Those on the other side of the argument seldom thought all that much about the individuals enough to say that we love, like, dislike, or outright hate any given person or group.   The simple fact is, this has never been about emotional and personal feelings as much as it just simply doesn’t make one friggin’ bit of sense to us at any rational and reasonable and intellectual level.    It’s about a series of facts and observations:  (1) who do we think we are to redefine an institution that’s thousands of years old into something new? (2) Men’s parts are made for women’s parts by natural design or order or however you’d prefer to characterize it; (3) the sexual relationship is pretty much designed for one purpose – procreation.    Yes, it feels great, and we’ve turned its purpose into a self-serving thing of pleasure, but most people recognize that the entire reason there are men’s parts and women’s parts is so that there end up being more people.

Of course, morality and religion come into play, and it’s somewhat ironic that this generates protests from the progressives who claim that there should be no place in the debate for religion, when their entire platform is not actually based on anything of substance on any level.

Attempts to bridge this chasm usually do not go all that well.  Let’s focus on the Christians who have both purely rational reasons for believing what they believe, and also the affirmation of the good book to boot that really solidifies their position.  One of the problems that will occur on the one side of the debate is that, even though the root of the belief is based on sound judgment and logic, the emotional element does kick in for an entirely different reason than the progressive side.    It could be a few different reasons, but it’s generally something in this universe:   I love God so much and want others to love God, and this is so wrong that my head’s going to explode, and I JUST CAN’T UNDERSTAND HOW OTHERS CAN’t SEE IT!; or there are numerous reasons and examples already that create a fear/anxiety that my own religious liberty will soon be at risk; or it just flat out makes so much sense that anyone who can’t see it is completely rationalizing in their opinion for some purpose or another (likely to appease the conscience of a loved one, or they can’t bear to believe that someone they know or love may be sinning), or just flat-out stupid.    So, because we Christians are not impervious to sin, these emotions do move us past the “hate the sin, love the sinner” frame of mind and we become uncharitable.   And this causes all sorts of issues that make us sound like haters.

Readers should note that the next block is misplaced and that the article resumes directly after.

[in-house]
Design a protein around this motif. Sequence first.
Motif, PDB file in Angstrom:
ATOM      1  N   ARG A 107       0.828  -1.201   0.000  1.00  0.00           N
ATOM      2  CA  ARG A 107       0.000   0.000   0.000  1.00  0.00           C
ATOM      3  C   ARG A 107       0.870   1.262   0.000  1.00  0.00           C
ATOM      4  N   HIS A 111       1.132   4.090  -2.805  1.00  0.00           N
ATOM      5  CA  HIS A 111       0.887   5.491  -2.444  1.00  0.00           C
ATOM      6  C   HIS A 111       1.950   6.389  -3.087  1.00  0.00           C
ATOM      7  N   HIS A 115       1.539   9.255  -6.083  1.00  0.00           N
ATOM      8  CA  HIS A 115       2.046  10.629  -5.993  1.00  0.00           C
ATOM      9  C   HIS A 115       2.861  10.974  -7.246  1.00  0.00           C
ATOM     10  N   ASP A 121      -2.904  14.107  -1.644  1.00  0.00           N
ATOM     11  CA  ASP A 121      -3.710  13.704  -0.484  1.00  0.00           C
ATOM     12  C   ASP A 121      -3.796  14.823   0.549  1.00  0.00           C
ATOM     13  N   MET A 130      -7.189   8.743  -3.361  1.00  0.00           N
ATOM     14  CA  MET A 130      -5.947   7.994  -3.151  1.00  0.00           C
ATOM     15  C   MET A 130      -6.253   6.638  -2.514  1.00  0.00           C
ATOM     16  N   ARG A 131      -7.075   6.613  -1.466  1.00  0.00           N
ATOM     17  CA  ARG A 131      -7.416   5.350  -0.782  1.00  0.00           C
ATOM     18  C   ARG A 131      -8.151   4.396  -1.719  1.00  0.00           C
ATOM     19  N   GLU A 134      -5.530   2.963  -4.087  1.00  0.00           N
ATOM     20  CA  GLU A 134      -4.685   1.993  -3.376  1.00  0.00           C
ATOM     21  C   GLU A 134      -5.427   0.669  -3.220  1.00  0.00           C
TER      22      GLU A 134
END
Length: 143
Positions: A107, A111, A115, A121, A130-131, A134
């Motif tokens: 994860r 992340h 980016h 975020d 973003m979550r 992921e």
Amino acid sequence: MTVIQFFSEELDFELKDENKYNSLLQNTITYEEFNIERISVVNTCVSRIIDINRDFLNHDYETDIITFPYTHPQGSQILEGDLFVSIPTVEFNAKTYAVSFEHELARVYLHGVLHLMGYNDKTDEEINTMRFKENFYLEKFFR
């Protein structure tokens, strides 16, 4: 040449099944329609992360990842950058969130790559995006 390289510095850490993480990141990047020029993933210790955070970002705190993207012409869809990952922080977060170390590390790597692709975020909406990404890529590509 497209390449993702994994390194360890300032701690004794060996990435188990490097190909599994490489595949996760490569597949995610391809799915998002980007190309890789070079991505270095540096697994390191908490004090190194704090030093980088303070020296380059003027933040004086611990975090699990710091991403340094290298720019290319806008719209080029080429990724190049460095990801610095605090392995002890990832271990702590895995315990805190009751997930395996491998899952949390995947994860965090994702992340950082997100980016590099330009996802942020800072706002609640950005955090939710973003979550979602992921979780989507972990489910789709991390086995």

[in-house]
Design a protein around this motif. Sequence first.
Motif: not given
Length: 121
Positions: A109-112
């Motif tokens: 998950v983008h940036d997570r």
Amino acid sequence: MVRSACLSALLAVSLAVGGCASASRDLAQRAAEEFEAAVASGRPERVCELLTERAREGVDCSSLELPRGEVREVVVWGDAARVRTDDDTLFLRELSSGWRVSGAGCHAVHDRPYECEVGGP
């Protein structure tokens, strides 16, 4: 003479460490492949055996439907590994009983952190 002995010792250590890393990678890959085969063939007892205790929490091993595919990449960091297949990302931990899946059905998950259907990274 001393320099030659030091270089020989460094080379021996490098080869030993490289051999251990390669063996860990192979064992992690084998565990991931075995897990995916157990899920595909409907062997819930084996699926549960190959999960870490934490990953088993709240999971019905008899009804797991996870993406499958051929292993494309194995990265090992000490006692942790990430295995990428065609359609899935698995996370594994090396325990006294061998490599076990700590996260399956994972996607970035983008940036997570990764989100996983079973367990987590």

But before the progressives get all puffy, you’re at fault too.    Because you simply cannot tolerate dissent, or anything other than complete complicity in both thought and action, you are unable to have a reasoned and rational debate.    A Christian can be utterly loving and charitable, but let’s face it…   if we believe something is sinful, there really isn’t a way to say that, even in the most loving way, that isn’t a little bit harsh.   And a Christian can present this without talking directly about “you” and recognize that God alone ultimately judges, and can throw all the caveats under the sun in there, but once the word “sin” is mentioned, every other word that has been said is forgotten.   All the love, compassion, delicate weaving of the argument or opinion…  gone.    After all, we dare not use the word “sin” these days.    YOU THINK I’M SINNING?!!!!   (even though I never said “you are sinning”)   YOU HATEFUL BIGOTED CHRISTIAN LOOOOSSSERRRR!!!    JUDGER!   JUDGER!

Don’t get me started on the perversion of the “Though shalt not judge” scriptural reference, which has been transformed into such a meaning that it eviscerates Paul’s requirement that we admonish the sinner.    But that’s a digression I won’t get into right now.

Sigh.

As a Diatriber, I guess I’m a judger.

All we can do as Christians is continue to strive for our balance point.   We must love, yet admonish.   But we must admonish with utmost charity.    But we cannot judge, especially without looking at the log in our own eye.    We must not capitulate our beliefs and participate in something that is wrong, but we cannot discriminate against people unfairly in our day-to-day lives, nor should we withhold our assistance and generosity to them either.   We must stand firm, publicly if necessary, in favor of what is good and right, while not being unnecessarily confrontation and mean-spirited in the way we make our stand.

That is a tough balancing act, and most of us will stumble around – possibly our entire lives – trying to figure out how to get it right.